vody/> RCM - Revitalizing Community Membership: Empowering Independence

Monday, October 25, 2021

Congratulations to Art Enables! Well deserved!



It's time to celebrate! Art Enables won three categories in Washington City Paper's Best of 2021: Best Art Class, Best Art Collection, & Best Commercial Art Gallery! Thank you to everyone who voted for us -- this is awesome and we are beyond grateful!

We were also voted 2nd as Best Arts & Culture Nonprofit and as a finalist for Museum and Gallery You Missed Most.




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Friday, October 1, 2021

National Disability Employment Awareness Month: October 2021



From the U.S. Department of Labor, Office of Disability Employment Policy: “The theme for NDEAM 2021, ‘America’s Recovery: Powered by Inclusion,’ reflects the importance of ensuring that people with disabilities have full access to employment and community involvement during the national recovery from the COVID-19 pandemic. 

To read more on this story, click here: National Disability Employment Awareness Month: October 2021



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Monday, September 27, 2021

Mayor Bowser and DC Health Advise Eligible Residents to Receive Their Booster Shot



(WASHINGTON, DC) – Today, as the District remains very focused on ensuring all eligible residents have received at least their first dose of the COVID-19 vaccine, Mayor Bowser and DC Health are also encouraging members of the community who are eligible for a booster shot to get their third dose. Previously, the Centers for Disease Control (CDC) had already recommended that people who are moderately to severely immunocompromised (have a weakened immune system) receive three doses of a mRNA COVID-19 vaccine (Pfizer or Moderna) rather than two doses. This third dose was recommended because sometimes people who are moderately to severely immunocompromised do not build enough (or any) protection when they first get a vaccination.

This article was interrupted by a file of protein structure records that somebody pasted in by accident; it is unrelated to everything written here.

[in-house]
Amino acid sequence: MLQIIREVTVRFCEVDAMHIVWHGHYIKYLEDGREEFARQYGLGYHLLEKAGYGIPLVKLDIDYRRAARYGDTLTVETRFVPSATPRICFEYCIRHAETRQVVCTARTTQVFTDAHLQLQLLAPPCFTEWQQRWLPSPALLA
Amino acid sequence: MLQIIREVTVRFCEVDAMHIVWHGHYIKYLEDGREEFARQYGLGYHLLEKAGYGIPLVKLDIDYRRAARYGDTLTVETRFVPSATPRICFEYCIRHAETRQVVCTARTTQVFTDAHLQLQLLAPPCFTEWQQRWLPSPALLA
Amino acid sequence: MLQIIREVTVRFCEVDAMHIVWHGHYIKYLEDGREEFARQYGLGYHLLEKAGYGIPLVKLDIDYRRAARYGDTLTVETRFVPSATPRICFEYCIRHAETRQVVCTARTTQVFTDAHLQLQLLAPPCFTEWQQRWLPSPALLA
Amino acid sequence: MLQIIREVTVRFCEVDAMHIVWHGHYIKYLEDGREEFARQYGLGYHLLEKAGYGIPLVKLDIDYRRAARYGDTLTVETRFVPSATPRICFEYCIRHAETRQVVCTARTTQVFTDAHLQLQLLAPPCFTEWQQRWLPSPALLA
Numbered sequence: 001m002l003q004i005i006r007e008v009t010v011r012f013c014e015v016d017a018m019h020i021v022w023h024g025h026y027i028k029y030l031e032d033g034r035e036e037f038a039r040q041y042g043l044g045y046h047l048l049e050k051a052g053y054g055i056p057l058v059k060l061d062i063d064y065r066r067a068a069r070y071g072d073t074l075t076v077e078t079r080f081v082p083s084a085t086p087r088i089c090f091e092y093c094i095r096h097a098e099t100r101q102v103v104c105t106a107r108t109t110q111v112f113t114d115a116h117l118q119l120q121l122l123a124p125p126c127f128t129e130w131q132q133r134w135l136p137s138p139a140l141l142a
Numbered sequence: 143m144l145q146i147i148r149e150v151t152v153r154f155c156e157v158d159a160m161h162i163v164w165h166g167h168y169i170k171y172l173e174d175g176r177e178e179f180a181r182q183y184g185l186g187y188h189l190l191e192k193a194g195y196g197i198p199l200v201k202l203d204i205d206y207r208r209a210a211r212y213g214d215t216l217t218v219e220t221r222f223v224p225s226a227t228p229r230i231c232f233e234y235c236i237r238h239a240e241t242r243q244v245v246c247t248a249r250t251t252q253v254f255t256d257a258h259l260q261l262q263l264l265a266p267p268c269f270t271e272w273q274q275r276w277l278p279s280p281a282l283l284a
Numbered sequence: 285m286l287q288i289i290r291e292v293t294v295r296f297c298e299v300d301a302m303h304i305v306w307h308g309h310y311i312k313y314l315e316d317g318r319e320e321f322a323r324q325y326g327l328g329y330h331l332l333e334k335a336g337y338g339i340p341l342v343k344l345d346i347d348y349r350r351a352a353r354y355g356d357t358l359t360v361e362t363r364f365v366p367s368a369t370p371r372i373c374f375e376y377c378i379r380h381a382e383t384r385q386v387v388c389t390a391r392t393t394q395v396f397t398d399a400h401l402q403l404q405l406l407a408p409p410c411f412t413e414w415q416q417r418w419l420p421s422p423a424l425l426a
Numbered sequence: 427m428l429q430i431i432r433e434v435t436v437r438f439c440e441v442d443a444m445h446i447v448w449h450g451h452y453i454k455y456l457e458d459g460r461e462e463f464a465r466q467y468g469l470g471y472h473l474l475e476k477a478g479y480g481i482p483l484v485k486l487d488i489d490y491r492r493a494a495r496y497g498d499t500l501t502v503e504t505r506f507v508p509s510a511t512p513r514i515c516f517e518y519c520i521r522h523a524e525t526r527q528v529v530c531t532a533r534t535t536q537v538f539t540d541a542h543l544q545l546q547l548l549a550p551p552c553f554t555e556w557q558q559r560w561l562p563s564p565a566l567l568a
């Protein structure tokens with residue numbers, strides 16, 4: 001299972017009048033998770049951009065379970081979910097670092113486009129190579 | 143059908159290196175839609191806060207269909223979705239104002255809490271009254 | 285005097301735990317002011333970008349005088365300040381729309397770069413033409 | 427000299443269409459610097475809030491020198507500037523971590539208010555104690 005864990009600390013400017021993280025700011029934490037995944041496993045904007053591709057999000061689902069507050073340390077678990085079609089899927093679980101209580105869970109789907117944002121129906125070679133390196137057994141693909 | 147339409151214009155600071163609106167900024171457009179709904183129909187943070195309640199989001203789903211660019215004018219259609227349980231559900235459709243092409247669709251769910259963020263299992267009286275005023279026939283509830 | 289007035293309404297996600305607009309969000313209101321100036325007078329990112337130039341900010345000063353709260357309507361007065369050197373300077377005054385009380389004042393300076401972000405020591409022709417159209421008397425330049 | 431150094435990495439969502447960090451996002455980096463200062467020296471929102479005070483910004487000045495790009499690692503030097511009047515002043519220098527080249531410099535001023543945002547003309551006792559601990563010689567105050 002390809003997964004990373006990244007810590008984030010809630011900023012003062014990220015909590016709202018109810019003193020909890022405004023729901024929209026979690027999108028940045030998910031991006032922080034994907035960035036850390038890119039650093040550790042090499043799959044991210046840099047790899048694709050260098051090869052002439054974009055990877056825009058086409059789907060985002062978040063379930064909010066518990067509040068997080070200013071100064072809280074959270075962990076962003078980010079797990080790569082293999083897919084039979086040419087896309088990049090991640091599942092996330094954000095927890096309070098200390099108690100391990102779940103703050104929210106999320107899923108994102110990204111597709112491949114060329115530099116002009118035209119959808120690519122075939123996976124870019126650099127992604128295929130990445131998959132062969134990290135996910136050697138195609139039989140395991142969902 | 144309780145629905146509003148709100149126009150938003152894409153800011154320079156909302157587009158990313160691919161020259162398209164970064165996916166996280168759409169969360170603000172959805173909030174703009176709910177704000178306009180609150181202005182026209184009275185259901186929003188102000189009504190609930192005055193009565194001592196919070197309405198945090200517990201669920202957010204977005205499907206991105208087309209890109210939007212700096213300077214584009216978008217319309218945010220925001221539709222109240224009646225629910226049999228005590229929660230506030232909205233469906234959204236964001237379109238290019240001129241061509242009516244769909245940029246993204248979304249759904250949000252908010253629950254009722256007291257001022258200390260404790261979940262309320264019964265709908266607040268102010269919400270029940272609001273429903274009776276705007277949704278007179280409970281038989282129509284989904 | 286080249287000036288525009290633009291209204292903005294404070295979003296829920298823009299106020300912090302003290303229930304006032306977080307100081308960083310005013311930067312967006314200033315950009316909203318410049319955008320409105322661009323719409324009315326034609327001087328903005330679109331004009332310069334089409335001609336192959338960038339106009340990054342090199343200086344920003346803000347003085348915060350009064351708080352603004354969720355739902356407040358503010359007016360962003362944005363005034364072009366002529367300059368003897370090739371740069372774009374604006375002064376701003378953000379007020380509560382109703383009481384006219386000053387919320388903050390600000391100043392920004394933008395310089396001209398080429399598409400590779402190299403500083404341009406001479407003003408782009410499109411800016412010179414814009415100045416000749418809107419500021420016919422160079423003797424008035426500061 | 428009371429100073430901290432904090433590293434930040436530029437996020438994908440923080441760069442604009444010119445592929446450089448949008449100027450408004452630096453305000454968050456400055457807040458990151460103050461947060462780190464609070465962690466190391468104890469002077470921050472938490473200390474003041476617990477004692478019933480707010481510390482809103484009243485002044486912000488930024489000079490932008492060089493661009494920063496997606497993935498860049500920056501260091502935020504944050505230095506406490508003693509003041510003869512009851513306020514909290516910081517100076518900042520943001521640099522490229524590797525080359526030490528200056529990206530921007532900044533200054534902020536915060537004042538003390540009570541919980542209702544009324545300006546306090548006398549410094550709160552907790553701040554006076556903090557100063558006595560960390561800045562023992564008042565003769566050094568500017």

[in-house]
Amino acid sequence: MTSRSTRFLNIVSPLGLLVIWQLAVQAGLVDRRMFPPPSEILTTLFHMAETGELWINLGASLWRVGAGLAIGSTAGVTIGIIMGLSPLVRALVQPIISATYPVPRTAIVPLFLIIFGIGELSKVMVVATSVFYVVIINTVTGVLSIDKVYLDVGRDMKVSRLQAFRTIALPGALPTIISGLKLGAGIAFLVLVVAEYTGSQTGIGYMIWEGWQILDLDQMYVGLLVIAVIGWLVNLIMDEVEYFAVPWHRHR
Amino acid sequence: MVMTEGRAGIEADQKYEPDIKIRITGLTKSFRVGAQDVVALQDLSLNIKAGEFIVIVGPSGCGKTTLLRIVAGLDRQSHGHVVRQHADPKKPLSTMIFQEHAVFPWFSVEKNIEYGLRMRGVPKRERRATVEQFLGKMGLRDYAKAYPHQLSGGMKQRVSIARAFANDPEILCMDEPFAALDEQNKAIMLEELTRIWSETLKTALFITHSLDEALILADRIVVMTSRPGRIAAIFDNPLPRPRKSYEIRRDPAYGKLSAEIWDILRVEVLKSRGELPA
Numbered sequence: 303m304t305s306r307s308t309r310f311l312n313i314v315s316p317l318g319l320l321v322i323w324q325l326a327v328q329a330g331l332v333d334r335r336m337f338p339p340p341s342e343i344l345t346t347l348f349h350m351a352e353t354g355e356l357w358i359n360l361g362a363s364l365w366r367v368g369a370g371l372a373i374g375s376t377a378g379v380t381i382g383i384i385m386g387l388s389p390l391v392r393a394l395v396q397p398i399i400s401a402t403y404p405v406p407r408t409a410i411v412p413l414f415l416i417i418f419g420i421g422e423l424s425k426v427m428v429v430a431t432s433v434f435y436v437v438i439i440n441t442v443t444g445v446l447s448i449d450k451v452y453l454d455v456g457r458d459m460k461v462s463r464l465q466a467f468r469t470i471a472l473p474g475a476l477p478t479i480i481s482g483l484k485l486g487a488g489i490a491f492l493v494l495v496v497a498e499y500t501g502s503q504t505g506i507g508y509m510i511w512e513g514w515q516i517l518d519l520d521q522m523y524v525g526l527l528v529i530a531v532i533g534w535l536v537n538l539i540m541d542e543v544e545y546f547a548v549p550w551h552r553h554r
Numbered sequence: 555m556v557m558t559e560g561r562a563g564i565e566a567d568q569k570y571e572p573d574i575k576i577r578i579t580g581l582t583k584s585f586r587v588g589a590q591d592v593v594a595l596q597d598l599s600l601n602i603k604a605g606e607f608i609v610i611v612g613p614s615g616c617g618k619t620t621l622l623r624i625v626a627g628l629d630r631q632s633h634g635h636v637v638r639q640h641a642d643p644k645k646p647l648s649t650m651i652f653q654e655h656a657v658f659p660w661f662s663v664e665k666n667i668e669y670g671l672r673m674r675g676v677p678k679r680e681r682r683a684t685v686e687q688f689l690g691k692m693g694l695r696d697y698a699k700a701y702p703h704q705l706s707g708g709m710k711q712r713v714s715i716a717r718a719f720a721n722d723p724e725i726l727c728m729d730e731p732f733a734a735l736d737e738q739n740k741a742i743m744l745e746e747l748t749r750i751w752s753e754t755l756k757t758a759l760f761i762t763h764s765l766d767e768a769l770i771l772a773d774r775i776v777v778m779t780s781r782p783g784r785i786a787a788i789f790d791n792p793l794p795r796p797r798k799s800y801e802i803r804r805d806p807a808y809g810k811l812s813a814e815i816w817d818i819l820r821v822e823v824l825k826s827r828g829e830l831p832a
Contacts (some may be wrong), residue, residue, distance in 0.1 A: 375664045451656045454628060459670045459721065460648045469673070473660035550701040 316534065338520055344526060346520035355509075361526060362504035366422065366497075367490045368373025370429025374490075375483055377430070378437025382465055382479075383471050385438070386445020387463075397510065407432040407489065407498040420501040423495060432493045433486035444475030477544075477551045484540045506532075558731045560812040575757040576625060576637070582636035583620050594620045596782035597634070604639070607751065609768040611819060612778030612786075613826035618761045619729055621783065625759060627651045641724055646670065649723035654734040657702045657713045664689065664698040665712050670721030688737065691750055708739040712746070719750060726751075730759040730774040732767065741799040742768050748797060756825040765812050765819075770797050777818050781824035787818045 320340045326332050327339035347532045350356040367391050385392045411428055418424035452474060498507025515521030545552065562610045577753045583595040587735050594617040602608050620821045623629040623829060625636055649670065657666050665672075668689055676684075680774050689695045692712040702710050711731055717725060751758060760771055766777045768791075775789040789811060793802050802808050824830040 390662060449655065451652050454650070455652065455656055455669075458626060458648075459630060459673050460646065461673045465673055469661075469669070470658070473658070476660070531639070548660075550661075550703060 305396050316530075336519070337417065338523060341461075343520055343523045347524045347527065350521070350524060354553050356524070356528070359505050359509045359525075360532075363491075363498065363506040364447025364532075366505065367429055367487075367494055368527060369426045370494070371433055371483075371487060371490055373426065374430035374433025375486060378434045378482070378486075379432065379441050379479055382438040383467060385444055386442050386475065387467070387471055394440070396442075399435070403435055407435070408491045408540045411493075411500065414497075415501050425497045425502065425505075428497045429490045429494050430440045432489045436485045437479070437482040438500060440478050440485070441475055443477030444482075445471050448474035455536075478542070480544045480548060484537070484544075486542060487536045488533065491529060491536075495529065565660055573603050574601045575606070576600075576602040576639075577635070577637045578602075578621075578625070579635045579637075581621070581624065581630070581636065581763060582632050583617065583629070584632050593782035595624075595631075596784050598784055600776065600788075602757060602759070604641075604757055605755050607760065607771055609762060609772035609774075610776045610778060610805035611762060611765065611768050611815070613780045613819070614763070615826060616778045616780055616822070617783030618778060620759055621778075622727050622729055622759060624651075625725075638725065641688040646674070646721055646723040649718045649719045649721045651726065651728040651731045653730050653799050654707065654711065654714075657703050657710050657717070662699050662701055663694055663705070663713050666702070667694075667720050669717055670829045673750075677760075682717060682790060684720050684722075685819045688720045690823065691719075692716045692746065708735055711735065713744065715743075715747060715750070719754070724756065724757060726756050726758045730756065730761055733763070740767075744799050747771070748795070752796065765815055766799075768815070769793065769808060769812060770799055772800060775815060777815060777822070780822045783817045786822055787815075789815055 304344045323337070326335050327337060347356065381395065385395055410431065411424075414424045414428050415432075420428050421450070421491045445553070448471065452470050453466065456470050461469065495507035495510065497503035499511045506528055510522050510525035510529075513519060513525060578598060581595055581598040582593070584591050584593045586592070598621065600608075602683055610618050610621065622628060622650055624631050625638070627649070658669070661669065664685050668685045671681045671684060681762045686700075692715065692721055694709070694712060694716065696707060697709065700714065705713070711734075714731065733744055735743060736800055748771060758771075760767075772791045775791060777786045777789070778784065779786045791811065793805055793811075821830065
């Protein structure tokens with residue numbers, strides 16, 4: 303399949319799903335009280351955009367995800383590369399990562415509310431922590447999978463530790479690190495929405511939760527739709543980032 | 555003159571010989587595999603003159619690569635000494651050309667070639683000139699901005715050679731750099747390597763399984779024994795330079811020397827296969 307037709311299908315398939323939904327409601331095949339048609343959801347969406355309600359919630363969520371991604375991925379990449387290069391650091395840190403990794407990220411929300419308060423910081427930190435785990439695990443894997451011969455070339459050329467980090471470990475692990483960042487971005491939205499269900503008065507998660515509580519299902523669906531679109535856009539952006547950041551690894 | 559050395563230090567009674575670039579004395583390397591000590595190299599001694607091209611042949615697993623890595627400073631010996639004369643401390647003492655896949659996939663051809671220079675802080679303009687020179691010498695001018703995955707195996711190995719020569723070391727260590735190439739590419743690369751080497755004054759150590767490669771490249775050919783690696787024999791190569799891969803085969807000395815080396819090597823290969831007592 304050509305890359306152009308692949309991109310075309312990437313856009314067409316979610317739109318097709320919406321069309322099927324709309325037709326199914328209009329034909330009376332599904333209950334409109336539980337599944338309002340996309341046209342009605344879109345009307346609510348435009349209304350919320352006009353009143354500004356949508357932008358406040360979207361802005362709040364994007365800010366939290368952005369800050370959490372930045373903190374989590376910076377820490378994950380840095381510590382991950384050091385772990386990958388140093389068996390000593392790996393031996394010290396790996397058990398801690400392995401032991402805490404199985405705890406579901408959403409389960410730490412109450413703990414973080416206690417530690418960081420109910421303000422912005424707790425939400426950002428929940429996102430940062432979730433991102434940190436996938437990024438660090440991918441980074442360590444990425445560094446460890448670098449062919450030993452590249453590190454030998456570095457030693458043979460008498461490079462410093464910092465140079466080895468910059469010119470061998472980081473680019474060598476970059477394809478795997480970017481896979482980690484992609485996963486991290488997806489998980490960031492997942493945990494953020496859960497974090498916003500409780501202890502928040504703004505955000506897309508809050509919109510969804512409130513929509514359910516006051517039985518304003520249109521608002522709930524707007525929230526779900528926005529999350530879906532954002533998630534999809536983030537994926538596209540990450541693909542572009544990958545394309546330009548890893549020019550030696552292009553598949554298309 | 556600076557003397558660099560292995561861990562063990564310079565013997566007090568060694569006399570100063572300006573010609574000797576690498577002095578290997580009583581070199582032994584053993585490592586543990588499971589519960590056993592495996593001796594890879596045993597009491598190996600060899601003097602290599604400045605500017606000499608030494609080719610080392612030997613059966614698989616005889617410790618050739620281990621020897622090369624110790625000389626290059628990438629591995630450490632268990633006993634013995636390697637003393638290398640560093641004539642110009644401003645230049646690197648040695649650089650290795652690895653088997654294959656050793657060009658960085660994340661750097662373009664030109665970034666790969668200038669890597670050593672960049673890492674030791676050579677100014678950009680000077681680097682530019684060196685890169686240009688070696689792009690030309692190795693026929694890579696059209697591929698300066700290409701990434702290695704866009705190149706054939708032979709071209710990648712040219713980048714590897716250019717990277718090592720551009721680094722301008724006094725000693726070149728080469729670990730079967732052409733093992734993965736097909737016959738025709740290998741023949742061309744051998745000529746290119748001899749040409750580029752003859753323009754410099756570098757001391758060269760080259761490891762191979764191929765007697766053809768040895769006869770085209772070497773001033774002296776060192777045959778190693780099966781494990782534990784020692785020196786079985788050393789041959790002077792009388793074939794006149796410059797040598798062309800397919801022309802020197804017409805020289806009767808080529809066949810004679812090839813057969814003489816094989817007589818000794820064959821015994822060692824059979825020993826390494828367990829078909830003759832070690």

This week’s recommendations around booster shots are specific to individuals who received the Pfizer vaccine and who received their second dose at least six months ago.

To read more on this story, click here: Mayor Bowser and DC Health Advise Eligible Residents to Receive Their Booster Shot



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Ruth Christ Sullivan, pioneering advocate for people with autism, dies at 97



When her son Joseph was diagnosed with autism in 1963, Ruth Christ Sullivan found herself marooned, cast aside by pediatricians, child psychiatrists and other experts who offered few resources and little support. “He will always be a little odd,” one psychiatrist said of her 3-year-old. “There’s nothing wrong with your little boy,” another told her. “You’re just an overanxious mother.”

At the time, autism was believed to be caused by cold, unloving parents — specifically “refrigerator mothers” whose lack of maternal warmth stymied their children’s ability to communicate and socialize. But Dr. Sullivan was certain that theory was false: She had seven children, each of whom she loved and nurtured, and only one with autism.

To read more on this story, click here: Ruth Christ Sullivan, pioneering advocate for people with autism, dies at 97


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